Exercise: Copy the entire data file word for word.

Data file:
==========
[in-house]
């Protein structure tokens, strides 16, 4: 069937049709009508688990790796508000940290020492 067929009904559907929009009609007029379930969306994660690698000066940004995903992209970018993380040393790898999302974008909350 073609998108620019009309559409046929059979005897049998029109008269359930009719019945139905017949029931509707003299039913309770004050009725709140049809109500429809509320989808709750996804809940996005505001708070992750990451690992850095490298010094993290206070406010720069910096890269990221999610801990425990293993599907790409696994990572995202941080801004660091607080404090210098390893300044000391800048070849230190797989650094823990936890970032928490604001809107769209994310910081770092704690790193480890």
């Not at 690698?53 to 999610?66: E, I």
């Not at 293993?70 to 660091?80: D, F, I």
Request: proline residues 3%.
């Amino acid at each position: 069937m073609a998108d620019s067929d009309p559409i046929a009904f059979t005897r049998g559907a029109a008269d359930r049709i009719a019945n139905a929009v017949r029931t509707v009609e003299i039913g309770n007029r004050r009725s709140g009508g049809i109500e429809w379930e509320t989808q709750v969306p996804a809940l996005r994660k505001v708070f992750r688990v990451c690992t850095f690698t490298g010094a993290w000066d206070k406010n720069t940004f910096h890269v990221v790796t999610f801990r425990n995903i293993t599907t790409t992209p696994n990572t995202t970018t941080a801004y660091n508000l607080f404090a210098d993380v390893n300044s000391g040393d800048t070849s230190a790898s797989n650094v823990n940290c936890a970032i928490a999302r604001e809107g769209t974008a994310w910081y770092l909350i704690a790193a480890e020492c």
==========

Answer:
[in-house]
């Protein structure tokens, strides 16, 4: 069937049709009508688990790796508000940290020492 067929009904559907929009009609007029379930969306994660690698000066940004995903992209970018993380040393790898999302974008909350 073609998108620019009309559409046929059979005897049998029109008269359930009719019945139905017949029931509707003299039913309770004050009725709140049809109500429809509320989808709750996804809940996005505001708070992750990451690992850095490298010094993290206070406010720069910096890269990221999610801990425990293993599907790409696994990572995202941080801004660091607080404090210098390893300044000391800048070849230190797989650094823990936890970032928490604001809107769209994310910081770092704690790193480890």
């Not at 690698?53 to 999610?66: E, I």
């Not at 293993?70 to 660091?80: D, F, I």
Request: proline residues 3%.
């Amino acid at each position: 069937m073609a998108d620019s067929d009309p559409i046929a009904f059979t005897r049998g559907a029109a008269d359930r049709i009719a019945n139905a929009v017949r029931t509707v009609e003299i039913g309770n007029r004050r009725s709140g009508g049809i109500e429809w379930e509320t989808q709750v969306p996804a809940l996005r994660k505001v708070f992750r688990v990451c690992t850095f690698t490298g010094a993290w000066d206070k406010n720069t940004f910096h890269v990221v790796t999610f801990r425990n995903i293993t599907t790409t992209p696994n990572t995202t970018t941080a801004y660091n508000l607080f404090a210098d993380v390893n300044s000391g040393d800048t070849s230190a790898s797989n650094v823990n940290c936890a970032i928490a999302r604001e809107g769209t974008a994310w910081y770092l909350i704690a790193a480890e020492c």